Fuel Economy Cars South Portland ME

As it turns out, there are as many factors that go into how well your ride does at the pumps as there are flavors of Jelly Beans out there. Read on to discover the top 10 factors contributing to fuel economy from DriverSide.

Don Foshay's Discount Tire and Alignment
(207) 773-0112, 001-2004
380 Main Street
South Portland, ME
Certifications
Blue Seal Certified
Membership Organizations
National Institute for Automotive Service Excellence (ASE)

Data Provided by:
Black Point Auto & Towing
(207) 883-4114
52 Manson Libby Road
Scarborough, ME
Services
Auto Service & Repair, Brakes Service & Repair, Auto Inspection
Payment Options
American Express, Discover, MasterCard, VISA

ScrubaDub Auto Wash
(207) 772-1838
425 Gorham Road - Maine Mall
South Portland, ME
Services
Car Detailing

Carquest of Portland
(207) 775-6545
126 N Boyd St
Portland, ME
Services
Auto Parts

Meineke Car Care Center
(207) 799-6443
310 Main St
South Portland, ME
Services
Mufflers Repair

Avis Budget Group
(617) 561-3610, 001-2004
968 Westbrook Street
Portland, ME
Certifications
Blue Seal Certified
Membership Organizations
National Institute for Automotive Service Excellence (ASE)

Data Provided by:
Horsepower Autocare, Inc.
(207) 892-9420, 001-2004
44 Roosevelt Trail
Windham, ME
Certifications
Blue Seal Certified
Membership Organizations
National Institute for Automotive Service Excellence (ASE)

Data Provided by:
Carquest Auto Parts
(207) 846-5572
380 Cumberland Ave
Portland, ME
Services
Auto Parts

Napa Auto Parts
(207) 767-3277
65 Market St
South Portland, ME
Services
Auto Parts, Car Washes, Car Detailing

Autozone
(207) 767-4714
436 Lincoln
South Portland, ME
Services
Auto Parts

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Top 10 Factors Contributing to Fuel Economy

Top 10 Factors Contributing To Fuel Economy By Zach Bowman, DriverSide Contributing Editor


How a BMW disturbs the air
around it.
Even though gas prices have eased compared to the outrageous numbers we saw just a few short months ago, fuel economy is still on the minds of vehicle owners everywhere. We’ve already shown you a few simple steps to save gas and how to improve your car’s fuel economy, but what determines a vehicle’s mpg? Why can certain cars zip along at close to 40 mpg while others are lucky to get anywhere near 20? As it turns out, there are as many factors that go into how well your ride does at the pumps as there are flavors of Jelly Beans out there.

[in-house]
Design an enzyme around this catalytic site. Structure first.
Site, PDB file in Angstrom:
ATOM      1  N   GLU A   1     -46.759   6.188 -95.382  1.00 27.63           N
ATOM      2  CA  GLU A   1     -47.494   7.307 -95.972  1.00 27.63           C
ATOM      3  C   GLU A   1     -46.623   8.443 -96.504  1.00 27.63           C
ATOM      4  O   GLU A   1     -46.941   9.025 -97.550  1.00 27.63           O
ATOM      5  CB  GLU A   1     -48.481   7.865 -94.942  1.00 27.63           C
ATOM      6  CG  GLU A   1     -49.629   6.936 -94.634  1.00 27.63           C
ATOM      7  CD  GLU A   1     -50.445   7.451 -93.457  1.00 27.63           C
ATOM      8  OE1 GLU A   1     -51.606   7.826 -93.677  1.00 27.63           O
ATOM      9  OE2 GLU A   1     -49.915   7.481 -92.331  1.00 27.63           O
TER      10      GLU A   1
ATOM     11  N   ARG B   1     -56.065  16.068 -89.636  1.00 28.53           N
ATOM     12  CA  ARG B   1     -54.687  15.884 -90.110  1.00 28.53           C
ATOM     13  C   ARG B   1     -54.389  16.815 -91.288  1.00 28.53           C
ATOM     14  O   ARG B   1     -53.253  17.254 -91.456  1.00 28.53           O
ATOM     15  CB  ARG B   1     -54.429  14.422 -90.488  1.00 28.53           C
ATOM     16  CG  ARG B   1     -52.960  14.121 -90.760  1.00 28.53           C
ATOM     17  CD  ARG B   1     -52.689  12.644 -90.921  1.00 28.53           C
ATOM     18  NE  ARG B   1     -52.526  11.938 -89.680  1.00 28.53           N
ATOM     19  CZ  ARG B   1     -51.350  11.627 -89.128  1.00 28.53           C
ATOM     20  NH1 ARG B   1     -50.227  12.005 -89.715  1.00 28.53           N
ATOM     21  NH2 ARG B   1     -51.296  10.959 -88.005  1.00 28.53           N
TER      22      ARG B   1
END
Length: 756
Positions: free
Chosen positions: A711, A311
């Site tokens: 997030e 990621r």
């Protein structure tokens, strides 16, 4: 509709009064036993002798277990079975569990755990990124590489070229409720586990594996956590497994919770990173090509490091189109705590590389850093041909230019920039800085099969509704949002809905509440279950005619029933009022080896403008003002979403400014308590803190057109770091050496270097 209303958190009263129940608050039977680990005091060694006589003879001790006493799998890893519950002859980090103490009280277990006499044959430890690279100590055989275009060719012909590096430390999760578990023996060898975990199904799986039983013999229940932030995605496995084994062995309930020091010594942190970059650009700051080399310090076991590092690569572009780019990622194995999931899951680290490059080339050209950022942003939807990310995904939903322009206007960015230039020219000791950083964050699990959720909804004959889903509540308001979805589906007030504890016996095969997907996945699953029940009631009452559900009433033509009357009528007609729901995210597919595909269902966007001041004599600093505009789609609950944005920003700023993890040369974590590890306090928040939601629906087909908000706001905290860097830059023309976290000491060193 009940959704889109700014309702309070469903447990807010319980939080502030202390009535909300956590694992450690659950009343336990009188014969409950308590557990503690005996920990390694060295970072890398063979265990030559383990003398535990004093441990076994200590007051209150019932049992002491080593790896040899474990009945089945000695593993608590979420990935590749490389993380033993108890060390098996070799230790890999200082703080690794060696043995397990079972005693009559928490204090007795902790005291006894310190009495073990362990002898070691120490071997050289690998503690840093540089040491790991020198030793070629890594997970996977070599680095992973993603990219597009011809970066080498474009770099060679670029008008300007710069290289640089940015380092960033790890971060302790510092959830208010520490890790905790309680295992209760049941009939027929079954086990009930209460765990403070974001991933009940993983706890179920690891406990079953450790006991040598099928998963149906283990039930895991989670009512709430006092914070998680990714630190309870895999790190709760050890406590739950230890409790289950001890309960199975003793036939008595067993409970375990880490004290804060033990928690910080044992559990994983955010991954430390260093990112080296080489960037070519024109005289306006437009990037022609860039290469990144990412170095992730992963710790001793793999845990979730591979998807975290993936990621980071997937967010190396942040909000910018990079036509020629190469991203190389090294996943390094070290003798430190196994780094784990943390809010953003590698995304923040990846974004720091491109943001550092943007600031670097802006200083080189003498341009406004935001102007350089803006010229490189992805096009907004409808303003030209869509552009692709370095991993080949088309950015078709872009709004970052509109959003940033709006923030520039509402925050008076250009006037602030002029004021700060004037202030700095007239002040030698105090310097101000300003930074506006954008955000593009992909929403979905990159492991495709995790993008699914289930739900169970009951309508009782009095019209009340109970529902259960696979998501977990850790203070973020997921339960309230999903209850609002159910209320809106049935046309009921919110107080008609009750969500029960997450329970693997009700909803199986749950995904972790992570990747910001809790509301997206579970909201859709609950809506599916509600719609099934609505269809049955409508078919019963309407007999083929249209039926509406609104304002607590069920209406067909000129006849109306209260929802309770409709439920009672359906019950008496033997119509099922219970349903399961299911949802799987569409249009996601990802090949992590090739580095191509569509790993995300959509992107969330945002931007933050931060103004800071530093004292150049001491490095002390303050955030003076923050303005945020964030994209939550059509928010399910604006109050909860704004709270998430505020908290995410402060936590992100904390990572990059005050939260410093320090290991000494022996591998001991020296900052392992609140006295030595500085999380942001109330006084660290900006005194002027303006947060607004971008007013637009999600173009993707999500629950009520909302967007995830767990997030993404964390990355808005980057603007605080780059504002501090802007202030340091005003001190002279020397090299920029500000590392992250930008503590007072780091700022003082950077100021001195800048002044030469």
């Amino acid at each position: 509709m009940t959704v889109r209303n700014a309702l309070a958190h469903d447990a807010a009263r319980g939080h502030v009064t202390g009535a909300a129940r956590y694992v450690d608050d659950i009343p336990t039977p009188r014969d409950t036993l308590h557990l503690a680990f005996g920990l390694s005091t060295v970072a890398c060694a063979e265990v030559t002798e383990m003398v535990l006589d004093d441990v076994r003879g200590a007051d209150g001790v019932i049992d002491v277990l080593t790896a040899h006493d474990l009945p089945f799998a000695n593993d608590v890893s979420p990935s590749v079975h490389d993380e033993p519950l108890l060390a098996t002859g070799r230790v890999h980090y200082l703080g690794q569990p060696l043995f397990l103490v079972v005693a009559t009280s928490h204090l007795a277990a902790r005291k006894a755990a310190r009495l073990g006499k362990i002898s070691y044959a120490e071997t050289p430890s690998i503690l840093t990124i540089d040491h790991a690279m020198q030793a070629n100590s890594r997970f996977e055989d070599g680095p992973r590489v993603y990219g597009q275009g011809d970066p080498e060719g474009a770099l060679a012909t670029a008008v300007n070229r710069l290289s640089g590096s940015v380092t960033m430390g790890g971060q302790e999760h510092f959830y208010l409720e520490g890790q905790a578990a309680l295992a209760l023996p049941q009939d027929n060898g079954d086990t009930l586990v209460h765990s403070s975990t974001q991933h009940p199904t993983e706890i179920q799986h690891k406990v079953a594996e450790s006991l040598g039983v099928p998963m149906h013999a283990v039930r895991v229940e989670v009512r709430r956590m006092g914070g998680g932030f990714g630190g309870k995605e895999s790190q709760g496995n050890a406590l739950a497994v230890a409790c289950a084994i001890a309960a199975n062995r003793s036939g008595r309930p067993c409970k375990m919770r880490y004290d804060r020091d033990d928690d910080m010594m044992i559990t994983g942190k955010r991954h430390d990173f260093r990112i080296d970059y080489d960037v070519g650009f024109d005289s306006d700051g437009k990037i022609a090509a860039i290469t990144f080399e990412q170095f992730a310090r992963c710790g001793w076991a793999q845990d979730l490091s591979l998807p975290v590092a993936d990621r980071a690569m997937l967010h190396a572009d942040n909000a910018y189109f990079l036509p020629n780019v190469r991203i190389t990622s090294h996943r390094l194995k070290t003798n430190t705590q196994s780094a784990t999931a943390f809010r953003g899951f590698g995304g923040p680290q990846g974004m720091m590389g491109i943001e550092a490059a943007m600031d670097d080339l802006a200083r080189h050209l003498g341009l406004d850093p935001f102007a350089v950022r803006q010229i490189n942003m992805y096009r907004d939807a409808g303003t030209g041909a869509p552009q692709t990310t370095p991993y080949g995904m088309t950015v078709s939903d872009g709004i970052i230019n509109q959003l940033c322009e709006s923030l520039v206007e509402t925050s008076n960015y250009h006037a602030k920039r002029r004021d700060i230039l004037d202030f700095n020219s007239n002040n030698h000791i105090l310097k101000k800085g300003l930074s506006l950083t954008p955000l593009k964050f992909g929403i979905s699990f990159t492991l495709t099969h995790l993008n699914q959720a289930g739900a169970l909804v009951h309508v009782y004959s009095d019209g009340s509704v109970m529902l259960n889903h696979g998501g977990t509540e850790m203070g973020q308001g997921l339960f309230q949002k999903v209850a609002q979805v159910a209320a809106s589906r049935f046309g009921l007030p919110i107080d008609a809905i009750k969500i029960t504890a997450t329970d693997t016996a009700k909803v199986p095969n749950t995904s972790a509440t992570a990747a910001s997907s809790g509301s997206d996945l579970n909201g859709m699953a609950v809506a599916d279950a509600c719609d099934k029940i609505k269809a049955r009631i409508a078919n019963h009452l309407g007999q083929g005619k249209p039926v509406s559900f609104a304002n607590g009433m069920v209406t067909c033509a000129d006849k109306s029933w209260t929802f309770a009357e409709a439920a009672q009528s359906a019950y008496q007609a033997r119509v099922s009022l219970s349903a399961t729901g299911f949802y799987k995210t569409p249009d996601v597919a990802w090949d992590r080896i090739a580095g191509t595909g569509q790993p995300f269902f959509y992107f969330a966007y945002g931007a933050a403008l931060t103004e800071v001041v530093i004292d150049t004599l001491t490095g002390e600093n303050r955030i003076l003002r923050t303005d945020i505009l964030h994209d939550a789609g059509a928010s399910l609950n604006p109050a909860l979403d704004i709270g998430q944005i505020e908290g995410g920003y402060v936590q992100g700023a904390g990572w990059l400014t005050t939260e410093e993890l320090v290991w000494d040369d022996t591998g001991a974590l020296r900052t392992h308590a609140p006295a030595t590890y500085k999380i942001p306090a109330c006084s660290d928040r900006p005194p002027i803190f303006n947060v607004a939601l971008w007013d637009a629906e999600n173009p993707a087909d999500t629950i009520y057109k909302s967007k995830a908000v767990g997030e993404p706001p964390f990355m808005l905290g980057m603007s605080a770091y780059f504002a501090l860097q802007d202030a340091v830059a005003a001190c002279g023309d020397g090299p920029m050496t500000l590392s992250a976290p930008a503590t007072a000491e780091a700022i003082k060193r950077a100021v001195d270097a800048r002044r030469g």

Keeping your tires
properly inflated will
reduce rolling resistance.



How your vehicle is geared
plays a huge role.

We could write tomes on the principals that go into churning out the very best EPA numbers, but you probably wouldn’t want to read them. Instead, we’ve come up with 10 factors that have the greatest impact on fuel consumption. Some of the concepts might get a little technical, but there shouldn’t be anything as bad as your high school chemistry class. Promise.

1. Displacement

We’re not talking about losing your keys. That’s misplacement. Displacement is the volume of air your engine can consume in a single revolution, and these days it’s usually described in liters. A Yaris, for example, has a 1.5-liter four-cylinder engine. That means with every revolution of the motor, the engine draws in and expels 1.5 liters of air.

The more air an engine moves, the more fuel it can consume with every turn. That’s why, on the whole, four-cylinder engines are thought of as more fuel-efficient than bigger motors like V-6’s or V-8’s. So, while a sub-compact car may only move 1.5-liters with every revolution, full-size trucks can draw in and spit out around 4.6-liters of air thanks to a V-8 engine. Again, more air means more fuel.

2. Weight

Of course, how much air your vehicle moves through its engine isn’t the sole deciding factor when it comes to mpg. How hard your motor works also has a big effect on what kind of mileage your vehicle gets, and the most basic kind of work is moving all the vehicle’s components down the road. To that end, a vehicle’s weight plays a key role in how much it drinks.

The more a vehicle weighs, the harder it will have to work get going and stay moving down the road. A pint-sized vehicle will barely move the scales, while some SUVs and trucks weigh in around a portly 5,000 lbs. The slimmer waistline in a small car means it can afford to have a smaller engine and a motor that doesn’t have to breathe too deeply every time it needs to get up to speed. In contrast, if a vehicle needs capabilities as a towing machine, heavy equipment is a necessity.

3. Gearing

While engine displacement and power have much to do with fin...

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